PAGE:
9.35.1. File Tables
Virtuoso supports mapping files of comma separated values as tables from version 7.00.3206. This makes bulk load of relational data straightforward and very fast. This also makes it possible to query data in files without any loading into the database. The latter is specially convenient if data is queried just once, where loading and subsequently dropping the data would be needless overhead. Also arbitrary ETL transformations can be expressed in SQL, reading from a file table and inserting into a database table. This includes the whole range of SQL functionality, including intermediate aggregations and the like.
This feature deprecates the CSV load functions in previous versions, e.g. csv_load.
Queries can freely mix file tables and regular tables. Joins with file tables make hash join plans where the smaller file is copied into a memory resident hash table. For very large hash tables, partitioned hash join can be used, thus arbitrary joining between files is possible, fast and convenient.
A file table is declared with a regular create table statement. If the table definition includes a primary key, the file is assumed to be sorted as declared. In most cases a primary key should not be declared when creating a file table. After the create table statement, the procedure fs_set_file declares that the table is in fact a file. In a cluster setting the file should be visible to all the server processes via a shared file system.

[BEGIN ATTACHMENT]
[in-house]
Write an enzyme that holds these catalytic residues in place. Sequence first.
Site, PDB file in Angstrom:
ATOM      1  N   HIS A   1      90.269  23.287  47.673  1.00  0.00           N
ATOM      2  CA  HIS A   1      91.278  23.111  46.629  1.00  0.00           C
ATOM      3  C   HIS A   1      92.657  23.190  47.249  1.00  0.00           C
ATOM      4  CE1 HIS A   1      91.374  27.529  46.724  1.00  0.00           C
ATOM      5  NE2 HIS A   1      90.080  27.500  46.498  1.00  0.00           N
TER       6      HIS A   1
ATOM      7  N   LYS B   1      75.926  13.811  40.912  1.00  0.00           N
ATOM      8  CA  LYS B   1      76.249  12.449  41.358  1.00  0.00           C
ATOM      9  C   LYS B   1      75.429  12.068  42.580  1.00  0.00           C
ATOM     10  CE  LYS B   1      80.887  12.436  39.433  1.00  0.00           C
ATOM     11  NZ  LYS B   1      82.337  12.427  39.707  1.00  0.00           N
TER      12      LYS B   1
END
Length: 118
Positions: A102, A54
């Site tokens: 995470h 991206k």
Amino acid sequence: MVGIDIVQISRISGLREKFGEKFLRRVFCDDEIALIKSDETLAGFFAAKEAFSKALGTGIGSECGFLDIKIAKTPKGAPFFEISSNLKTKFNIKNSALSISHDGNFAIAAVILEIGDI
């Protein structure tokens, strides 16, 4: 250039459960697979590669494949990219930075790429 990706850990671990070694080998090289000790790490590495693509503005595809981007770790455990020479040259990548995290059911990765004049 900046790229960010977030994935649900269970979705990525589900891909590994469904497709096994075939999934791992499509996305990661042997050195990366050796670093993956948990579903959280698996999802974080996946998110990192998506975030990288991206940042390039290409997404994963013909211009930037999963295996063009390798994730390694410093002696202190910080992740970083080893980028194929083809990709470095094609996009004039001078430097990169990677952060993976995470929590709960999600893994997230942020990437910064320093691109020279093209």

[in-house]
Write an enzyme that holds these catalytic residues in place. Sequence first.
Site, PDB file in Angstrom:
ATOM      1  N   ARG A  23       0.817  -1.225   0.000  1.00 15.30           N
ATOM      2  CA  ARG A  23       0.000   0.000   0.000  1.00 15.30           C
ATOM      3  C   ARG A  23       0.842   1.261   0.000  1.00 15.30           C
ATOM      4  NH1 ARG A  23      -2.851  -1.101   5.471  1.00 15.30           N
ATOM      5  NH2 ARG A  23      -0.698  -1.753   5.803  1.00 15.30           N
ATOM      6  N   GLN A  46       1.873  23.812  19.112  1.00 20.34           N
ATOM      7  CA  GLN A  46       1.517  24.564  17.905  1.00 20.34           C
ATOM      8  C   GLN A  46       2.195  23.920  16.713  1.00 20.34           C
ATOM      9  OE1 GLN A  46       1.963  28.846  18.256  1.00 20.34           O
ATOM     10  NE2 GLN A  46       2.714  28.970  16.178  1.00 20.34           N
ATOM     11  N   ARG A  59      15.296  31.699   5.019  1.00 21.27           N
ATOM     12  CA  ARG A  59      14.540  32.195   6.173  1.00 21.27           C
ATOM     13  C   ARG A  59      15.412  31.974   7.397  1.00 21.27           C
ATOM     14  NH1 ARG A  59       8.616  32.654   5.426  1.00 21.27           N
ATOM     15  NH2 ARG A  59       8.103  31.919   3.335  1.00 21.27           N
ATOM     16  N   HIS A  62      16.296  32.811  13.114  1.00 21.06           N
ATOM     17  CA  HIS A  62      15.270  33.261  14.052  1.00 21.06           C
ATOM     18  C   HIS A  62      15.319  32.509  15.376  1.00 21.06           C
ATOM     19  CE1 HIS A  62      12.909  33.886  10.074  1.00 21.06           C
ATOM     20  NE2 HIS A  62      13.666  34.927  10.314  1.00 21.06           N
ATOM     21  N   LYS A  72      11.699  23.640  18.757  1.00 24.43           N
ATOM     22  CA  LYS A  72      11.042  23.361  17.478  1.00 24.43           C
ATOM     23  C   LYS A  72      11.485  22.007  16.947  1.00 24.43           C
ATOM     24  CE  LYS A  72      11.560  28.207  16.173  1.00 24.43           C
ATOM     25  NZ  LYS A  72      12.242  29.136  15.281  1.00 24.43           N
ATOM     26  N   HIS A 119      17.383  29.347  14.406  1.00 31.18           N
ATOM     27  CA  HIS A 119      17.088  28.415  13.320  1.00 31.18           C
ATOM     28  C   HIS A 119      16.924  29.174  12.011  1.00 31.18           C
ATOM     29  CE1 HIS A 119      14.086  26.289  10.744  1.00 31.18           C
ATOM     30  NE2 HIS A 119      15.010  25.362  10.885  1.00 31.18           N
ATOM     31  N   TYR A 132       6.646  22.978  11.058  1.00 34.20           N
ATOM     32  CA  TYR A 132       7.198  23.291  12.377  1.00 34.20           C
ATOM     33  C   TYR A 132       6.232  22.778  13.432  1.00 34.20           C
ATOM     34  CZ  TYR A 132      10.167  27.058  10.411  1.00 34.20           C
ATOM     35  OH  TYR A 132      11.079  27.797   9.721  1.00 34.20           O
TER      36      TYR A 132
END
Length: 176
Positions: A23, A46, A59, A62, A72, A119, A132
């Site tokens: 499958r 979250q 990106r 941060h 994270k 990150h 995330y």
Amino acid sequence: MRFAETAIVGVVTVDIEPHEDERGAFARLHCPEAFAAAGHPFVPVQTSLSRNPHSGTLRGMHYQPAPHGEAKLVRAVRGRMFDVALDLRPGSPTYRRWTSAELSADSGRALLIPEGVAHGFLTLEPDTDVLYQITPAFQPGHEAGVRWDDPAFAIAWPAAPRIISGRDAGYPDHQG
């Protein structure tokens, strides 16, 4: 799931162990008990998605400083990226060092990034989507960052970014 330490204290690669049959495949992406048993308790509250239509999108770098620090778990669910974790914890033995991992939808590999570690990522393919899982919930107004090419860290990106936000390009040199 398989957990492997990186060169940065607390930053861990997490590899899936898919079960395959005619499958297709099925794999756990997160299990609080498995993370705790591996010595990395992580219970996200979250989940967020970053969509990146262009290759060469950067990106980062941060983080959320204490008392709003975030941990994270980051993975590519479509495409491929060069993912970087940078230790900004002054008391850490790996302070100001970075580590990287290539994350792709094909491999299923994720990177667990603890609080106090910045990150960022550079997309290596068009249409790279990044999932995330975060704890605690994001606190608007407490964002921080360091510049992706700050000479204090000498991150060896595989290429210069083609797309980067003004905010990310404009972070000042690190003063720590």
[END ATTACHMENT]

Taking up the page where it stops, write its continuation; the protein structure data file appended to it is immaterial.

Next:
For example, to bulk load the TPC-H part table:
CREATE TABLE PART_F ( P_PARTKEY INTEGER NOT NULL, P_NAME VARCHAR(55) NOT NULL, P_MFGR CHAR(25) NOT NULL, P_BRAND CHAR(10) NOT NULL, P_TYPE VARCHAR(25) NOT NULL, P_SIZE INTEGER NOT NULL, P_CONTAINER CHAR(10) NOT NULL, P_RETAILPRICE double precision NOT NULL, P_COMMENT VARCHAR(23) NOT NULL ); ft_set_file ('PART_F', 'src/part.tbl', delimiter => '|'); -- turn off logging and set insert mode to auto committing, non-transactional log_enable (2); -- read the file and insert into the previously create part table insert into part select * from part_f;
The ft_set_file procedure takes the table name as first argument and a file system path relative to the server's working directory as the second argument. Optional arguments allow specifying a delimiter, newline character and escape character.
create procedure ft_set_file (in tb varchar, in fname varchar, in delimiter varchar, in newline varchar := '\n', in esc varchar := null)
Creating a file table requires dba group privileges and the file is subject to the file system access limitations that apply to file_to_string and other file system access functions.
The newline and escape characters need to be single character strings. A newline or escape character following the escape character is added to the parsed input without its special interpretation.